Tag Archives: life

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‘CLICK’ GO THE MOMENTS

Story and Photos by Eli Lucas

Editor’s Note: Ray Lucas, our regular columnist, opted to give way to his son for this month’s A Life in Progress column.

s a photography enthusiast, I love capturing images, but I feel it sometimes separates me from the moment. Recently, I was fortunate enough to travel to Southern Africa with my grandmother and my great aunt. As we journeyed through South Africa, Zambia, Zimbabwe and Botswana, I found myself in a photographer’s paradise.

A cheetah 2 feet away, elephants by the dozen, provocative urban photos and rolling landscapes that make Floyds Knobs look like an ant hill.

For weeks, I captured Southern Africa through a lens, taking hundreds of images until one man from a village in Zimbabwe challenged me to use my camera with stronger purpose.

The afternoon after I had fed elephants in Victoria Falls, I travelled to the local village, Ko Mpisi. When I stepped off the bus, I was greeted by a man who met me with a smile and a handshake. I smiled right back and pulled my hand away to reach into my camera bag. I asked if I could take a photo of him and he complied.

As I toured his village, he explained that he represented over 1,000 people who lived in the bush and how his way of life was simple and honest. I nodded, smiled and clicked away.

I harvested corn with the locals… click.

I watched a man cook a chicken for his family… click click.

I entered a hut to see where his family slept at night… click, click, click.

I felt a hand on the shoulder that my camera strap rested on. It was the village leader, the same man that greeted me when I got off the bus. He approached to tell me that his village hosted people from all around the world and that I should consider returning. He reached for my hand and shook it but didn’t let go. He held my hand in his for what felt like minutes, as if we had been friends for decades. He asked me to consider returning to his village to live. The feeling of a stranger’s hand in my own as he asked me to adopt his people’s culture was overwhelming; I nodded my head and explained that if I could come up with the funds I would return next summer. He smiled and nodded but didn’t let go. His eyes never strayed from mine and his hand never flinched despite the growing heat between our palms. No photo could’ve captured what I felt in that intimate moment in the Zimbabwe desert.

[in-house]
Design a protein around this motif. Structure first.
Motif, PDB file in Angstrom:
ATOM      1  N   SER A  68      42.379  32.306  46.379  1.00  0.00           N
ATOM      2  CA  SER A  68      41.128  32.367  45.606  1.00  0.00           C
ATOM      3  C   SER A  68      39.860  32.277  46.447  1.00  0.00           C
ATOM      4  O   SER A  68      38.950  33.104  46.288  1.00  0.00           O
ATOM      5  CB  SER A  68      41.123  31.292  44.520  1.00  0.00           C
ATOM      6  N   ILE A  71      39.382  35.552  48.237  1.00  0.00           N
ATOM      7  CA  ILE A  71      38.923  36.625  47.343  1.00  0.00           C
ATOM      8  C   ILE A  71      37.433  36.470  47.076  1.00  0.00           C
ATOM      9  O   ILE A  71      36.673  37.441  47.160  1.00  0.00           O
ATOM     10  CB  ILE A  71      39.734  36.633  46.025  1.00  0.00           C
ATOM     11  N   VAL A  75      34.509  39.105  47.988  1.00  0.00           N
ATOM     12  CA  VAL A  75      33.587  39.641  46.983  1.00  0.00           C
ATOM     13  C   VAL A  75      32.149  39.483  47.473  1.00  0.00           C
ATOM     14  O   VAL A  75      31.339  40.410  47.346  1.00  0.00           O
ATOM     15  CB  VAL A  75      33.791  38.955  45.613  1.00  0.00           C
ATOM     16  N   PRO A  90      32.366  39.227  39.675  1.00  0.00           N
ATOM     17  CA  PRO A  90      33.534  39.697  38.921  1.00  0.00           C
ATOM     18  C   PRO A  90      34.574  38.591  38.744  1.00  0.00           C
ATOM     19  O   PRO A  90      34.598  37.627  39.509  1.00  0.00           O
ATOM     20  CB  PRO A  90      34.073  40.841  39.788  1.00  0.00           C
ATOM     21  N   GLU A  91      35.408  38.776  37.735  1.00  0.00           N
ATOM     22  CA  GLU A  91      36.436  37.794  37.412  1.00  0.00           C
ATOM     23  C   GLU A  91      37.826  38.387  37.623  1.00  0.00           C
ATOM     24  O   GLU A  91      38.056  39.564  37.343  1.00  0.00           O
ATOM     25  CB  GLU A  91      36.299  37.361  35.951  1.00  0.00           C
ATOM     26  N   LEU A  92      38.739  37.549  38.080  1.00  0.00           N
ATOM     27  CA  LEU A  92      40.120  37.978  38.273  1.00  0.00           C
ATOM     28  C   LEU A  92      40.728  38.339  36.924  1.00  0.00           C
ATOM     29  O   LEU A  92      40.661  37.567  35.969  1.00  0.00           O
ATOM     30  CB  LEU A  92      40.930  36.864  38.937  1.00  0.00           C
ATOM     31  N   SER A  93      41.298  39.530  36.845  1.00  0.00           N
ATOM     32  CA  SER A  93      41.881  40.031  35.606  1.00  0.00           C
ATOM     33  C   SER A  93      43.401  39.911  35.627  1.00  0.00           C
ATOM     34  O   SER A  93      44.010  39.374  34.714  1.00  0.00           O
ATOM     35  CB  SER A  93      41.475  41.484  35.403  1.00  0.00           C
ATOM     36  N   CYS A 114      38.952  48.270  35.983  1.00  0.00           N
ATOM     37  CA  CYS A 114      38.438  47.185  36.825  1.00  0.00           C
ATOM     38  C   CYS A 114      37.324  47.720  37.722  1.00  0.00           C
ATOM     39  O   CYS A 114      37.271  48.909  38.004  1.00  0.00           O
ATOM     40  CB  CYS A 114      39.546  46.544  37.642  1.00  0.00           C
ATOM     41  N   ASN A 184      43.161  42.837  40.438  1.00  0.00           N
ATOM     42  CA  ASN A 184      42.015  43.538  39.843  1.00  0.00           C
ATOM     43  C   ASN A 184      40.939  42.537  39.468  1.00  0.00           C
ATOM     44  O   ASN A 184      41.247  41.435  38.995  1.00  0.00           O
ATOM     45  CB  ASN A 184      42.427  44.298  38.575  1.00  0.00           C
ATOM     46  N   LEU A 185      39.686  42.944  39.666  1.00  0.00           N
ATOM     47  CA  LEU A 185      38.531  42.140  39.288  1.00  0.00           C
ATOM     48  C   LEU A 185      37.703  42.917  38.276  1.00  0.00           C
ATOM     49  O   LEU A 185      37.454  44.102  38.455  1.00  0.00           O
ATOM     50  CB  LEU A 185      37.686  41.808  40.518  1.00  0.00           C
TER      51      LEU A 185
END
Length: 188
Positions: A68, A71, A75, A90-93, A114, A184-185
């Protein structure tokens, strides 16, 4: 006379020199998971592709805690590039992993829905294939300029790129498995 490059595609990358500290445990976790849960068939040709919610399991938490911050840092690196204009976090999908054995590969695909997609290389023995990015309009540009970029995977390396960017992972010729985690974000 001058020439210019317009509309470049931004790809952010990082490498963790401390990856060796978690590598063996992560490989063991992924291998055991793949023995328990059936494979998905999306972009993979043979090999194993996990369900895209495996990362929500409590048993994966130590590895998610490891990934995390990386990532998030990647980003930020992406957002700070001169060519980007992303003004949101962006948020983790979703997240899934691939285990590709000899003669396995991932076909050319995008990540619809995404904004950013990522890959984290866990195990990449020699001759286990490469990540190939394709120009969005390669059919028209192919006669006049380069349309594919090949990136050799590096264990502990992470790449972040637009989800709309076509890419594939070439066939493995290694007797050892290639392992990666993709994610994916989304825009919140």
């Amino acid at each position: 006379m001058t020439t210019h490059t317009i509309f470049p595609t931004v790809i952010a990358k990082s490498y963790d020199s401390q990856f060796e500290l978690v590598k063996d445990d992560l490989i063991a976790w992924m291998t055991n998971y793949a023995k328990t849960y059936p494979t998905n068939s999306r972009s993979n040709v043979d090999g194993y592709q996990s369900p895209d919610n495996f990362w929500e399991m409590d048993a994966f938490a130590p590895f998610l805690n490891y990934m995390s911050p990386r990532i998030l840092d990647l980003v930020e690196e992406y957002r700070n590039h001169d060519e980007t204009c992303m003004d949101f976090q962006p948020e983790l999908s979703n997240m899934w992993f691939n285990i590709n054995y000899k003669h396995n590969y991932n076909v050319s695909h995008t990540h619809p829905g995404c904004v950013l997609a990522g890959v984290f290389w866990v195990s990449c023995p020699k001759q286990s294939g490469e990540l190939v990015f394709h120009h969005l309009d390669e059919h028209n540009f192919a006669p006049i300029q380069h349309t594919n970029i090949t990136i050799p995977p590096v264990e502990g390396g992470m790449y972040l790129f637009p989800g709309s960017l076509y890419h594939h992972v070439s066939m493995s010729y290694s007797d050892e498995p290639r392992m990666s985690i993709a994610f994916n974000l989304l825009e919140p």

Going into the trip, I was searching for picturesque material that Google Images showcase.

As the journey progressed, I developed an appreciation for the land that I walked on and the people I met. By the last safari, I decided to leave my camera at the lodge. I took care to listen to the names of each person I met, and I decided to adopt the village leader’s prolonged handshake when I greeted people. When I returned home, I discovered that I had taken close to 2,000 photos over the first two weeks, and less than 200 during the last week. My most valuable photos were taken in one or two clicks, not a dozen.

They say a photo is worth a thousand words.

However, a photo can’t capture the surprisingly powerful hum of a cheetah’s purr.

A photo can’t capture the way an elephant thanks you with her eyes after you feed her.

Or how a fried mopane worm crunches before it melts in your mouth.

I learned that as much as I wish it could, a photo can’t capture the heat that generates between two hands held together beneath the African sun.

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A Race for the Ages

screen-shot-2018-04-05-at-4-36-06-pmBy Ray Lucas

As I grow older, I frequently have a reoccurring conversation about feeling like I’m at least 10 years younger than my actual age indicates.

Whenever this topic of age comes up, it appears this is a common experience, as others agree they feel the same way. It seems most of us are growing older but still feel young at heart.

Each birthday, the number of candles I’ve just blown out doesn’t seem to fit. At 21, I still felt like I was in my teens. When I was 32-years-old, I still felt like a college student in my mind, ready to go out to Bardstown Road. Even now, unless I’m looking in a mirror, I still see myself as being in my mid 30s.

The effect is even more pronounced when I’m around high school buddies as we fall right back into our teenage stories, humor and ways of seeing each other. In my eyes, my best friends are still wearing their satin Silver Creek school jackets, 50 pounds lighter and have full heads of hair.

When did age become so relative?